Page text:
It can be shockingly easy for an upstanding educator to face unfounded accusations that require an investigation by the Department of Children and Families (DCF). As the law now stands, even when educators are cleared of all wrongdoing they still face the stigma of being labeled “alleged perpetrators.”
CEA attorney Chris Hankins spoke out on behalf of teachers before the Connecticut Legislature’s Education Committee Wednesday saying, “Through investigation by DCF, the vast majority of allegations of child abuse or neglect against teachers ultimately wind up being unsubstantiated.”
The safety and well-being of their students is of utmost importance to educators, and Hankins said that DCF does a great job finding and holding accountable individuals who pose a risk to children. Unfortunately, innocent educators are frequently caught up in investigations.
Education Committee member Senator Dante Bartolomeo said, “I know for a friend of mine, the allegations against her ended up being unsubstantiated but for six months her life was turned upside down.”
Senate Bill 323 before the Education Committee would lessen the stigma of an unfounded allegation by removing documents related to an event that was investigated yet found to be unsubstantiated by DCF.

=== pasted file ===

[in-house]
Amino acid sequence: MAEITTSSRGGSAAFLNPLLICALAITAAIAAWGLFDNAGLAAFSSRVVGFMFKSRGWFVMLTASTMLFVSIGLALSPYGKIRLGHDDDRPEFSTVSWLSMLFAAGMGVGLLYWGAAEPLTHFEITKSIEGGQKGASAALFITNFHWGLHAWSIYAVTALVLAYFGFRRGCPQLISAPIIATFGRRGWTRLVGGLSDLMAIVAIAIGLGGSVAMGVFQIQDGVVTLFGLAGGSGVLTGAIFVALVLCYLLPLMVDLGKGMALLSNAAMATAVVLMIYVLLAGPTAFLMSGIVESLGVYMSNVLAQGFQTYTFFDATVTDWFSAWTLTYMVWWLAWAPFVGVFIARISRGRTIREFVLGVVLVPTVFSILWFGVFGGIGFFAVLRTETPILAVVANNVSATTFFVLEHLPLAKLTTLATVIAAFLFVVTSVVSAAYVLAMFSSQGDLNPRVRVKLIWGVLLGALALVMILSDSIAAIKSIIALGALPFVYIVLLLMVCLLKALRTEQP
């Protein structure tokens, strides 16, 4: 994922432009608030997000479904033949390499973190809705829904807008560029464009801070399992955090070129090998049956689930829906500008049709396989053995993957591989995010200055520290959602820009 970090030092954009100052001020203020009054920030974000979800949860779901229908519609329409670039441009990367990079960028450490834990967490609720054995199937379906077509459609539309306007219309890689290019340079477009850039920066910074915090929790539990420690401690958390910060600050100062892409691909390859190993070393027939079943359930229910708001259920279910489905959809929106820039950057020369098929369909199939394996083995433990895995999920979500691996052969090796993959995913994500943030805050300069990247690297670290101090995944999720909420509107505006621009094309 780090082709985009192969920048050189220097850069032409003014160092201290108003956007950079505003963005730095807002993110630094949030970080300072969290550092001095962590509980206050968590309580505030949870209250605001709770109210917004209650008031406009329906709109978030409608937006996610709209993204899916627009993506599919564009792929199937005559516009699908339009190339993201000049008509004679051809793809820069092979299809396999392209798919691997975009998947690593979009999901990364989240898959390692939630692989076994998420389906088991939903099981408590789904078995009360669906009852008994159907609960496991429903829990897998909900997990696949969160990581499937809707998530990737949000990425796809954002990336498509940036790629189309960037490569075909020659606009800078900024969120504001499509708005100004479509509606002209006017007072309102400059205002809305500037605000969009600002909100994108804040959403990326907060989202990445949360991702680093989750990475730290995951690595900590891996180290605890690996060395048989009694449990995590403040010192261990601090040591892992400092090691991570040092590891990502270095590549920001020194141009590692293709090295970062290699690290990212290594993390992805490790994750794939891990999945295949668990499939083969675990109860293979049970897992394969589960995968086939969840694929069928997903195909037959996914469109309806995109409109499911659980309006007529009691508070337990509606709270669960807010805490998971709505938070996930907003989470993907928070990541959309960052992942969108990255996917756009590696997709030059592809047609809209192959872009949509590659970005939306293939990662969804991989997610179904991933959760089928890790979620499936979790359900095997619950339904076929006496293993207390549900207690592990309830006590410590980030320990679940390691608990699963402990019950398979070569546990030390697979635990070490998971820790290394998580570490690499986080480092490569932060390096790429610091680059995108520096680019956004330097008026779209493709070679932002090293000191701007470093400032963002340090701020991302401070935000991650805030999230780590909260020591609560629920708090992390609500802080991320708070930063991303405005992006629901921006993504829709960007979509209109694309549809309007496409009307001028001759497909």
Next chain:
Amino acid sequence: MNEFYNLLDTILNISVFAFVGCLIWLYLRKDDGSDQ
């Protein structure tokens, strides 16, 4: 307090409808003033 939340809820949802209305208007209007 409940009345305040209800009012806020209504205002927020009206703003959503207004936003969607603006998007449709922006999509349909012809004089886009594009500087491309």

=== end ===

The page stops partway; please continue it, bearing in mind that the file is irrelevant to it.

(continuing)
Teachers’ personnel records are available to the public via the Freedom of Information Act, and Hankins said that having untrue allegations accessible to the public is unjust for an innocent teacher. When these records stay in an educator’s file, they can also prevent that educator from being hired by another school district.
Hankins, along with CEA’s other two legal counsels Melanie Kolek and Adrienne Delucca, represents CEA members involved in DCF investigations. Hankins said that, “In 2014 alone, there were two separate instances where a total of 11 teachers were labeled as ‘alleged perpetrators’ for fabricated incidents on the playground during recess when it was demonstrated that the child was not on the playground on the day in question or else the teachers were not assigned to recess duty.”
Education Committee member Senator Toni Boucher said, “This issue is a concern for many of us. I’m well aware of the effect on teachers.”